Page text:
Ok, I just went into a Kinko’s and was blown away.

If you have even the scantest amount of memory, and you’re over 30, you remember that Kinko’s used to be copy machines. I just ended up going into Kinko’s to have them copy and bind a color presentation for me ($800 ugh!) and was stunned.

You can tell the difference between now and a few years ago just by counting square footage in front and behind the counter. In the customer area, it’s almost all PCs, Macs, and prep tables. One or two copiers and a stand of things to buy (paper, whiteout, CDs, floppies, etc) is all that’s in front. The customer area, (practically half the store) is just a big computer lab.

Behind the counter are all the more complex machines and business services (binding, etc.)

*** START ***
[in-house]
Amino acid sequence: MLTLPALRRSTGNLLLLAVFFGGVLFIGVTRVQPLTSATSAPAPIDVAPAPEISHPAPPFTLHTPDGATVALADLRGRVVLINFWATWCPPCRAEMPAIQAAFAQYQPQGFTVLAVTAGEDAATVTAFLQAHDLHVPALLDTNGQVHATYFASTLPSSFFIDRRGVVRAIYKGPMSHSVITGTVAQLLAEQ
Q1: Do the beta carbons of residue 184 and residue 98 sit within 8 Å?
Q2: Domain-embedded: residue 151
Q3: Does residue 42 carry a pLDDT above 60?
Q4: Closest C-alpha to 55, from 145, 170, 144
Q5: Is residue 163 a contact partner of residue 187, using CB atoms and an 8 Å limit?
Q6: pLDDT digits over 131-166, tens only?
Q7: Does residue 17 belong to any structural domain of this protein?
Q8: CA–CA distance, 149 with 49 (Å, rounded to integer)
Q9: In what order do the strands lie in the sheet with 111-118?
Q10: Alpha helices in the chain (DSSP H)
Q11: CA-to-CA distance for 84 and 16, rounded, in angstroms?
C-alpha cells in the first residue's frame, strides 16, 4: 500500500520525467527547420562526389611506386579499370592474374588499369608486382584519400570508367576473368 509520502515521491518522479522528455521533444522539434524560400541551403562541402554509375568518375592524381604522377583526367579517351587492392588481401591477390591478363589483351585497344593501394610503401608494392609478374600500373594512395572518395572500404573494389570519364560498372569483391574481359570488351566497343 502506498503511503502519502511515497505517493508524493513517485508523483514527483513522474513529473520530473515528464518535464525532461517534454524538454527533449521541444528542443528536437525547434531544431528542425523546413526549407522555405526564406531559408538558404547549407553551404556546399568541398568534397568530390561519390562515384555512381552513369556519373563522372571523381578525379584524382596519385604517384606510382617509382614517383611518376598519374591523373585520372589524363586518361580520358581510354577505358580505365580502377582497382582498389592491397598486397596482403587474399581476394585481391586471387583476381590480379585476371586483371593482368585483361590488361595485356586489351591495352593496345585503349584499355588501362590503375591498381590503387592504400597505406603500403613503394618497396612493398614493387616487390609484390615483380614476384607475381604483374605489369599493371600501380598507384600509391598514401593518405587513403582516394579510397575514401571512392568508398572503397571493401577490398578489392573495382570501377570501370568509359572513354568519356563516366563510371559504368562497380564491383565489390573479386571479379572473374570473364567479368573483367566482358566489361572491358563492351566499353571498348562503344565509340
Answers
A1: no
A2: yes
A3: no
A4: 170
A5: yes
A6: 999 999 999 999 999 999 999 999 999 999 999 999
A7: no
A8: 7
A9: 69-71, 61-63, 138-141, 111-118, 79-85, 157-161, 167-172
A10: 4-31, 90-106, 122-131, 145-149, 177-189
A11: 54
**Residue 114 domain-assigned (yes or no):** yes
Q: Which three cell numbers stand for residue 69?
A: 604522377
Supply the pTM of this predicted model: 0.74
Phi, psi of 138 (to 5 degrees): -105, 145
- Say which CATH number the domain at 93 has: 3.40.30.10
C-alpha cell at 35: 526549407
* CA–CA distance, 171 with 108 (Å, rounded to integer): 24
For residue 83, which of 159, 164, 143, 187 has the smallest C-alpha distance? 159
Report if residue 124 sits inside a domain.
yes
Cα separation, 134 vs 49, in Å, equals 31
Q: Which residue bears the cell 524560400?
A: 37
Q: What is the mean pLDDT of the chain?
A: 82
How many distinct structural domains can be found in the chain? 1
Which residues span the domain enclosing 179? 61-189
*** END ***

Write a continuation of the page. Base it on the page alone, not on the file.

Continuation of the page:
This is a complete transformation. Was there resistance from within Kinko’s ranks? Did someone have to make a unilateral decision about this? Did they have workers who were ‘copier snobs’? Perhaps the transitory nature helped.

And the reason I love the free market: In Soviet Russia, they probably at some point tried to roll out computer labs across the country. I’ll bet they weren’t this successful, this ubiquitous, or built places with this much depth. I am in awe.